Marvel Studios/Disney

Brie Larson stars as the titular hero in "Captain Marvel."

April 10, 2019

Cornell Ph.D. Students Created an Alien Language for ‘Captain Marvel’

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For many fans of Marvel’s superhero movies, it’s in their wildest dream to be able to contribute to these box office-sweeping blockbusters. For Cornell Ph.D. candidates Ryan Hearn grad and Joseph Rhyne grad, this dream has come true.

In Marvel Studios’ recent hit film, Captain Marvel, the titular hero and her teammates encountered a group of aliens who speak a language called Torfan — a language created by Hearn and Rhyne.

After being approached by Marvel Studios, Prof. Michael Weiss, linguistics, passed the project onto two of his students, Hearn and Rhyne, because he knew they “had the linguistic chops to do a great job,” Weiss said in an email to The Sun.

Given both Hearn and Rhyne’s long-time interest in comic books, the duo eagerly accepted the offer and got to work crafting Torfan.

Courtesy of Cornell University

Ryan Hearn grad, pictured left and Joseph Rhyne, pictured right, combined their expertise in linguistics to create Torfan, an alien language, for the recent hit “Captain Marvel.”

The inspiration for the language came from the human languages that Hearn and Rhyne already know — drawing aspects from Japanese, Latin, Greek as well as other lesser-used languages, they were able to form a unique, distinguishable language.

During the construction of Torfan, Hearn focused on grammar and syntax while Rhyne created the sounds and individual words. Since the language is spoken by aliens, the important task was to generate something that sounds exotic enough to differentiate it from any earthly language.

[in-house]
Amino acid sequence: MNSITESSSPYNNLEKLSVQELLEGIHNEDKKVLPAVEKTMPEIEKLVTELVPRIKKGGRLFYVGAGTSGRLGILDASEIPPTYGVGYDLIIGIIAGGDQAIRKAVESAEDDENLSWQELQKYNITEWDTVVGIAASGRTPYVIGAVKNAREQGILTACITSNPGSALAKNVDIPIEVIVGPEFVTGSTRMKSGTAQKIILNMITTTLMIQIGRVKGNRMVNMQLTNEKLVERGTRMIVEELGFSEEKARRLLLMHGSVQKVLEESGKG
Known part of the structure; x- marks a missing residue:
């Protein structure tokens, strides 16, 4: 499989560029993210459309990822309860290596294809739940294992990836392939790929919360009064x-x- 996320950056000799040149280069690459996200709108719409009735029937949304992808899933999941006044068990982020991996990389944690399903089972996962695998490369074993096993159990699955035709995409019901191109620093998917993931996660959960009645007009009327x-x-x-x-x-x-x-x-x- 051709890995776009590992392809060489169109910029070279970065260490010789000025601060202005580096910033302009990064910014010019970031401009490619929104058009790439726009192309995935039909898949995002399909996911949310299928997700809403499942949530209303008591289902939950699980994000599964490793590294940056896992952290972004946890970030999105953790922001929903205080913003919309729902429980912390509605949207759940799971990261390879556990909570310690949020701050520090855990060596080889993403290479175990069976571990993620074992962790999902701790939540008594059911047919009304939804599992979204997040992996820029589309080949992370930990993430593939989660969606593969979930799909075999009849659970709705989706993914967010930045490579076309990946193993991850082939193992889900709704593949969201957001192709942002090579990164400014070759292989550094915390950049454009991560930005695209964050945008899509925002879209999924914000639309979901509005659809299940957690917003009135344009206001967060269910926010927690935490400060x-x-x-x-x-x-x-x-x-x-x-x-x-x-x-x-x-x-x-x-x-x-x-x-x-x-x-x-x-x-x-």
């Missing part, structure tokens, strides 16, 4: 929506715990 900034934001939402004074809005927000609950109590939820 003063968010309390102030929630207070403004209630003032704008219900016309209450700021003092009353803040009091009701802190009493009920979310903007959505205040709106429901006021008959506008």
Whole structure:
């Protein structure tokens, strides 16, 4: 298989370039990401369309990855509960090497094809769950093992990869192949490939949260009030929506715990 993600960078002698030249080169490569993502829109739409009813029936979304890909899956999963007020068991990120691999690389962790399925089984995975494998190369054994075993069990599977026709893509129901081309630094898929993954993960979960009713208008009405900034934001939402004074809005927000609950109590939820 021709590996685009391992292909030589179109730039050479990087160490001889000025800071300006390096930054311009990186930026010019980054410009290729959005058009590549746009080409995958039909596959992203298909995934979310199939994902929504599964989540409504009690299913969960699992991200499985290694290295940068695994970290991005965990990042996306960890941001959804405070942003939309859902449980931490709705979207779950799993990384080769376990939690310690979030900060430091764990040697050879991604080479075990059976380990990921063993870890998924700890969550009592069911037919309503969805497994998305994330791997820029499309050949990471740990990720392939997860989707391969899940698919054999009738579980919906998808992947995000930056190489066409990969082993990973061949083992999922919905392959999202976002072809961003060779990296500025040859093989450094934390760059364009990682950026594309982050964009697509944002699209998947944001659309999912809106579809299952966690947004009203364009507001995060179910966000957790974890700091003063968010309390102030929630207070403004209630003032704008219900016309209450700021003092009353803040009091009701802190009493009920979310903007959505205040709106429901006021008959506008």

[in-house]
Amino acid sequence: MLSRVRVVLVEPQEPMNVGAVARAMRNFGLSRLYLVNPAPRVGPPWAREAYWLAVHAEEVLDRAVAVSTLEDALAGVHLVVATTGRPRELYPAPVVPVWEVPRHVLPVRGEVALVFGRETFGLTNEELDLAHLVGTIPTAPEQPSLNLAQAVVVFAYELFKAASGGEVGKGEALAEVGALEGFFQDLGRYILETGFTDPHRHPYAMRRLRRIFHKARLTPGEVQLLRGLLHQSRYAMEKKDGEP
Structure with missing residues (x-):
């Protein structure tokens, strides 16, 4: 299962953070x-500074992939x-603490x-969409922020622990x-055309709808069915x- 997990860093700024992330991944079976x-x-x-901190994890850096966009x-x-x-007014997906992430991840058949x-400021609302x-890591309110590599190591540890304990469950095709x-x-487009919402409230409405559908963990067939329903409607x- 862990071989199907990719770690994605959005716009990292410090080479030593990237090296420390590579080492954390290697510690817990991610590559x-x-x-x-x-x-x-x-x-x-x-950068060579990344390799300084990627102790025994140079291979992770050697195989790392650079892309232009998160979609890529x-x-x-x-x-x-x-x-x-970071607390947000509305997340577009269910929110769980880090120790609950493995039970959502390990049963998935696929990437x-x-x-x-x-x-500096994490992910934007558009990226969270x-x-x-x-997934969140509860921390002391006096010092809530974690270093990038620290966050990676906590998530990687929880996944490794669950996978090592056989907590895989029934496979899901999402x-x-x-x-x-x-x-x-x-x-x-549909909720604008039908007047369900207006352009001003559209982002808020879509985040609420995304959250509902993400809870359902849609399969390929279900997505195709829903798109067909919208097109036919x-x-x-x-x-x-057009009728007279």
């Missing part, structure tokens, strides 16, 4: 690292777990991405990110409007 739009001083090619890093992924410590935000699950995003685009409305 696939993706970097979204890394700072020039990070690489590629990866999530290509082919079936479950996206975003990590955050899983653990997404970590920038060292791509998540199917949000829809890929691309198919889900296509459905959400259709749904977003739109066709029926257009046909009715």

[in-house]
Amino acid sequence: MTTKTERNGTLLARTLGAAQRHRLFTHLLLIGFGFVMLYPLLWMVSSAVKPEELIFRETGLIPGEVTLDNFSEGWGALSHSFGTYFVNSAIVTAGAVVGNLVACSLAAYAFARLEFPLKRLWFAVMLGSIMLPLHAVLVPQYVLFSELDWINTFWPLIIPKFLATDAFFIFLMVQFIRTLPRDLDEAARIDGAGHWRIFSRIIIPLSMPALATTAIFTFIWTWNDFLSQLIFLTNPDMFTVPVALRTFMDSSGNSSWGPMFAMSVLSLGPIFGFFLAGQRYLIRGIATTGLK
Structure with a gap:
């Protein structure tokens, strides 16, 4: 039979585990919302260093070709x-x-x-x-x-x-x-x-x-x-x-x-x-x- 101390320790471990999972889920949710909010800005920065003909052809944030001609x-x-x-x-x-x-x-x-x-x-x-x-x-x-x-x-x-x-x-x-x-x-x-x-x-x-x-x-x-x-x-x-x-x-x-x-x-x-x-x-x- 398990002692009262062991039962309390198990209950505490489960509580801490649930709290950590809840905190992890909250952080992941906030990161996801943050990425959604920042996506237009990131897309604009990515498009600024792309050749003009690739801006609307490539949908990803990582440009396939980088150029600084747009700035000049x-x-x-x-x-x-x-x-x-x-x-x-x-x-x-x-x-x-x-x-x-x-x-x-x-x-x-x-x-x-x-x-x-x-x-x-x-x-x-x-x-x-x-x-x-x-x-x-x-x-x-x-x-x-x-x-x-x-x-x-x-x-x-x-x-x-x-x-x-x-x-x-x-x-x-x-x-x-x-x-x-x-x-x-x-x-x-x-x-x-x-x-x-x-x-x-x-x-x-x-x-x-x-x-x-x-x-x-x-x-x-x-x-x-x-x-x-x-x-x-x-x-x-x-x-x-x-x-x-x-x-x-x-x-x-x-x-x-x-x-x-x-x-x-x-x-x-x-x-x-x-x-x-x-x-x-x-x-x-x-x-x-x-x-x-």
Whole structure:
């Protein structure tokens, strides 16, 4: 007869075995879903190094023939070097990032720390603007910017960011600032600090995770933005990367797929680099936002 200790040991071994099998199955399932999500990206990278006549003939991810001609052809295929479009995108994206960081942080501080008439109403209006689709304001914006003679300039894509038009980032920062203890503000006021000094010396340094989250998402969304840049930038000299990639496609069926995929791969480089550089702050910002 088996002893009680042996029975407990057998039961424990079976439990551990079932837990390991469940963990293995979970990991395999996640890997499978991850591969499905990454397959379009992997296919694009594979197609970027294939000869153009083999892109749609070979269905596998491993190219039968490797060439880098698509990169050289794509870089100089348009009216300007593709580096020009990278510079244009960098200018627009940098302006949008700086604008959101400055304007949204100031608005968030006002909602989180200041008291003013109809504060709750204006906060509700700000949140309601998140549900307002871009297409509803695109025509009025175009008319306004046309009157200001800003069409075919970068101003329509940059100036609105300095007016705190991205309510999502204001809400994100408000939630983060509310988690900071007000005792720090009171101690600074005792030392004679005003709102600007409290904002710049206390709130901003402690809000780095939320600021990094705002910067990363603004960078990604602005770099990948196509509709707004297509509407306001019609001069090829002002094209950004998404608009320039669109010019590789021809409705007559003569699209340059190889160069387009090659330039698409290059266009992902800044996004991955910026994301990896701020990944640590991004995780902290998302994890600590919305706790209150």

Hearn and Rhyne combined aspects of the languages they knew to form the new alien language. Grammatically and syntactically, the Torfan language resembled Japanese. However, it had a few distinct ejective sounds, where consonants are emphasized aggressively and are rarely found in real human languages.

Hearn credited Cornell’s breadth of courses for equipping him with the skills necessary for building a fantasy language: The phonetics classes taught him how to identify the sounds an alien species might make, while morphology and syntax and semantics courses gave him “good insight into how languages build words … and sentences,” he wrote in an email to The Sun.

The biggest challenge was the time constraint, Rhyne said. When Hearn and Rhyne were first approached with the task in June, it was only a week before Marvel would shoot the scenes involving the alien language. They were given the project on a Friday and had to send in the grammar book and sample recordings on Sunday.

For Hearn and Rhyne, seeing their names roll through on the credits at the end of the film was “surreal.” Although the project was difficult, both Hearn and Rhyne enjoyed it and would be open to working on similar ones in the future.

“Both of us are big comic book fans and just having an opportunity to work on comic movies was pretty incredible,” Rhyne said. “We were shocked that we had the opportunity to do it.”

“I feel that we represented ourselves well in this project, so hopefully if Marvel or any related studios need similar work in the future, they’ll keep us in mind,” Hearn said.